The OKR Process

The OKR Process

Here's a quick recap about what OKRs are:

OKRs stand for Objectives and Key Results.

  • Objectives: Where do you want to go?
  • Key Results: How do you know you have reached your destination?
  • OKRs are typically used to set quarterly goals though they can be customized for yearly, half-yearly or even monthly durations. Goals are ambitious in nature.

    OKRs are usually set at the company and team levels. It is advised to have no more than 3 to 5 Objectives per team per quarter and no more than 3 to 5 related key results per objective.

    Setting up OKRs

    So here comes the big question. How do you go about setting OKRs?

    Step 1: Get the basics right

    If your company is not familiar with OKRs, start by teaching your team about the process and terminology. This will avoid confusion and your teammates will be able to make meaningful contribution to the discussion later.

    Also this would be a good time to discuss the 3Cs - Cycle, Cadence, Creation

  • Cycle - The time frame within which you want to achieve your goals. Usually quarterly but can also be used for annual, half-yearly, monthly OKRs. Decide which works best for your team.
  • Cadence - The schedule you set to update and review the progress on OKRs. OKRs, like any other goal setting frameworks, are not to be set and forget. It is crucial that you update the progress in a timely manner. This will provide the much needed visibility of the progress towards a goal.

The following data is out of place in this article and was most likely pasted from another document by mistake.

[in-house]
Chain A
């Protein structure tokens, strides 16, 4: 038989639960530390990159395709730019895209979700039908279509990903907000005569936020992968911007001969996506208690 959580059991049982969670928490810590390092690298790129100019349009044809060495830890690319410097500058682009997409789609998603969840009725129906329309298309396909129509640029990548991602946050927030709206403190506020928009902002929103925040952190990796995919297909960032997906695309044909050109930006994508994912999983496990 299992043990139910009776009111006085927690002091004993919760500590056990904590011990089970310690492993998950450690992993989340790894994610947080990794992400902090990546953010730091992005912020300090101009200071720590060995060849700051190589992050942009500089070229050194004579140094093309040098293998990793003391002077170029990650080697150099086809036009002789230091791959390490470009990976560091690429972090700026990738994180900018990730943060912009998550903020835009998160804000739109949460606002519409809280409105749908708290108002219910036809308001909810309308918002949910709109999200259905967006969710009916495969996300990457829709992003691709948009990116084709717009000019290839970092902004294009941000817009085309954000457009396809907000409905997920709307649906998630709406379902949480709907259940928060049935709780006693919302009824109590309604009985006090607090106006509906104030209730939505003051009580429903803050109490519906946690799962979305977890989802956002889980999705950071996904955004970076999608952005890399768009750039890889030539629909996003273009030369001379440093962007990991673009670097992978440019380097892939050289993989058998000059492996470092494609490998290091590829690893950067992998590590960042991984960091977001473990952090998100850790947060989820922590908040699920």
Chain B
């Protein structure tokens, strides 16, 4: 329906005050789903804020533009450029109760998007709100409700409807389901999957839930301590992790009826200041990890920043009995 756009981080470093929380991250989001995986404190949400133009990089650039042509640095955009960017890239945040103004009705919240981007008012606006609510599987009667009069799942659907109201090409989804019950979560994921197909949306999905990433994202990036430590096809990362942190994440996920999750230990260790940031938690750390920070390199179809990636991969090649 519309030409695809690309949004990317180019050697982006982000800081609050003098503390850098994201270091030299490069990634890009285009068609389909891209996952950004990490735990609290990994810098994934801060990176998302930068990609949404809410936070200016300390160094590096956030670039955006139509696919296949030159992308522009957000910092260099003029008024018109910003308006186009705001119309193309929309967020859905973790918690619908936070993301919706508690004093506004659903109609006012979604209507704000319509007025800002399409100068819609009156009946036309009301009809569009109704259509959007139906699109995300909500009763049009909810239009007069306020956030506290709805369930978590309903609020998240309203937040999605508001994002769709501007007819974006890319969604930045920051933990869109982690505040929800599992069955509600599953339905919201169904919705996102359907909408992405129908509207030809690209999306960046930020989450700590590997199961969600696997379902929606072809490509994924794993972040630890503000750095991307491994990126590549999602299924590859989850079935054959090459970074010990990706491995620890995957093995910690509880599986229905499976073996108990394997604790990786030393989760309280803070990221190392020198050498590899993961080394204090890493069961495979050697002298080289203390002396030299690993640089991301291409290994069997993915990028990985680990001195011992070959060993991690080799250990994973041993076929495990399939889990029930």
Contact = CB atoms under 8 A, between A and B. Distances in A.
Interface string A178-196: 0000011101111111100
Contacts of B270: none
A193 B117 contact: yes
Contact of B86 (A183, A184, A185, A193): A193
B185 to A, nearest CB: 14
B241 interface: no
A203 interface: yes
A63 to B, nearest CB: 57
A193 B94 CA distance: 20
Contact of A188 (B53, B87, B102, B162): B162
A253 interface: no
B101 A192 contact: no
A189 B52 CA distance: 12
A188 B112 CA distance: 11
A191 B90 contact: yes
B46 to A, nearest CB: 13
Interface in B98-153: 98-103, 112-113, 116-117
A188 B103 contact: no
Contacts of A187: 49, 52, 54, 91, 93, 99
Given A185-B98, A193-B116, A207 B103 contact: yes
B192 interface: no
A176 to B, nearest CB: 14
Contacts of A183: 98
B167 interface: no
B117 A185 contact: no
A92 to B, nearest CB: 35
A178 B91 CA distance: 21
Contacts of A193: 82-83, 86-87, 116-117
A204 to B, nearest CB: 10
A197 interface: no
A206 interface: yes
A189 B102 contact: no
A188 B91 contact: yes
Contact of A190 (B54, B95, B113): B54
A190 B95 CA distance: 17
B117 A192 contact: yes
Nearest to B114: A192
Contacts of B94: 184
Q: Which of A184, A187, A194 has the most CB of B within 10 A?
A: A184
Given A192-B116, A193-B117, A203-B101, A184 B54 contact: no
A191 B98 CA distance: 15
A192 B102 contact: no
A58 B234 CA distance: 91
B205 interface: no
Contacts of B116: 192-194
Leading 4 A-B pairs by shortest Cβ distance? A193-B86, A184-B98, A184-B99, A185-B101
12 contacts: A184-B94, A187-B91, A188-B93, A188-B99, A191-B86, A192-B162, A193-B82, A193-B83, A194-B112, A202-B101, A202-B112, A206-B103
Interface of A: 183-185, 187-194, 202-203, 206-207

Again, the cadence depends on your team, but most experts recommend checking in weekly.
  • Creation - There are three models in which OKRs can be set - Top Down, Bottom Up and Hybrid.
    The Top Down model is where leaders set both objectives and key results.
    The Bottom Up model is where individuals set both objectives and key results.
    The Hybrid model is where leaders set the objectives and individuals set the key results.
  • Determine the best fit model according to your company size and structure. The OKR experts promote the hybrid model since it allows meaningful collaboration between the leaders and individuals.

    Step 2: Set your objectives

    Have a brainstorming session with your team leaders and decide what the core focus of the company is for the current cycle. Create your objectives accordingly.

    Step 3: Create your key results

    Using the objectives created earlier, come up with key results that can be measured and are indicative of whether you have reached the objective or not.

    Step 4: Track and Update your goals regularly

    Do not skip your check in sessions. These check in sessions are important and provide insights on whether you will reach your goals at the end of the cycle. Do them regularly to monitor your progress.

    Step 5: Retrospect

    Retrospection is as important as planning. This is the time where you gain insights to make sure the next OKR cycle goes well.

    A few questions you can ask:

  • How comfortable were you in achieving your objectives?
  • Do you think the goals were easy, challenging, or unrealistic?
  • Do you feel you had too many or too few goals?
  • It is important to be patient, especially if this is your first time trying OKRs. It usually takes a couple quarters before you have a refined process for setting OKRs.

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